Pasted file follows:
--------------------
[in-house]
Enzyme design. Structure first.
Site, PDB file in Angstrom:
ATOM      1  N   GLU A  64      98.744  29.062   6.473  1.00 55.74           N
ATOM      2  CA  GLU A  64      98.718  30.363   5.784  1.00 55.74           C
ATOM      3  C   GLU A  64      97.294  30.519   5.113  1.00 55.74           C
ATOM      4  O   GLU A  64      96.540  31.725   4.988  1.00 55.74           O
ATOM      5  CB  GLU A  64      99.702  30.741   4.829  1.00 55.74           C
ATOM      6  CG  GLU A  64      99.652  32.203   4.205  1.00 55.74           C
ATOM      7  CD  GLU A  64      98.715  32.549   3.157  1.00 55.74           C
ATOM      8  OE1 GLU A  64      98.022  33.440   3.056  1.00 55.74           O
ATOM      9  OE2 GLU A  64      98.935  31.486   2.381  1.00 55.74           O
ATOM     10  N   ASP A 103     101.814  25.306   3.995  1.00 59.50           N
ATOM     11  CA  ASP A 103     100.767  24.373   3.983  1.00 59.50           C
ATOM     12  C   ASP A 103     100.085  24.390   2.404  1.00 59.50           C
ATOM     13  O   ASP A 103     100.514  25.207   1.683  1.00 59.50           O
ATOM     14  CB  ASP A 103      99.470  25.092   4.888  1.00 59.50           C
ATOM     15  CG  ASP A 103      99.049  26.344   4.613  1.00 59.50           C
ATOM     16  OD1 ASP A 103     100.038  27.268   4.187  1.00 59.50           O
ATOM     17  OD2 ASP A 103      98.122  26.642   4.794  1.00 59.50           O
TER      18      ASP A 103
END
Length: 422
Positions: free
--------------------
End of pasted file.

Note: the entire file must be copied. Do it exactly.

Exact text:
[in-house]
Enzyme design. Structure first.
Site, PDB file in Angstrom:
ATOM      1  N   GLU A  64      98.744  29.062   6.473  1.00 55.74           N
ATOM      2  CA  GLU A  64      98.718  30.363   5.784  1.00 55.74           C
ATOM      3  C   GLU A  64      97.294  30.519   5.113  1.00 55.74           C
ATOM      4  O   GLU A  64      96.540  31.725   4.988  1.00 55.74           O
ATOM      5  CB  GLU A  64      99.702  30.741   4.829  1.00 55.74           C
ATOM      6  CG  GLU A  64      99.652  32.203   4.205  1.00 55.74           C
ATOM      7  CD  GLU A  64      98.715  32.549   3.157  1.00 55.74           C
ATOM      8  OE1 GLU A  64      98.022  33.440   3.056  1.00 55.74           O
ATOM      9  OE2 GLU A  64      98.935  31.486   2.381  1.00 55.74           O
ATOM     10  N   ASP A 103     101.814  25.306   3.995  1.00 59.50           N
ATOM     11  CA  ASP A 103     100.767  24.373   3.983  1.00 59.50           C
ATOM     12  C   ASP A 103     100.085  24.390   2.404  1.00 59.50           C
ATOM     13  O   ASP A 103     100.514  25.207   1.683  1.00 59.50           O
ATOM     14  CB  ASP A 103      99.470  25.092   4.888  1.00 59.50           C
ATOM     15  CG  ASP A 103      99.049  26.344   4.613  1.00 59.50           C
ATOM     16  OD1 ASP A 103     100.038  27.268   4.187  1.00 59.50           O
ATOM     17  OD2 ASP A 103      98.122  26.642   4.794  1.00 59.50           O
TER      18      ASP A 103
END
Length: 422
Positions: free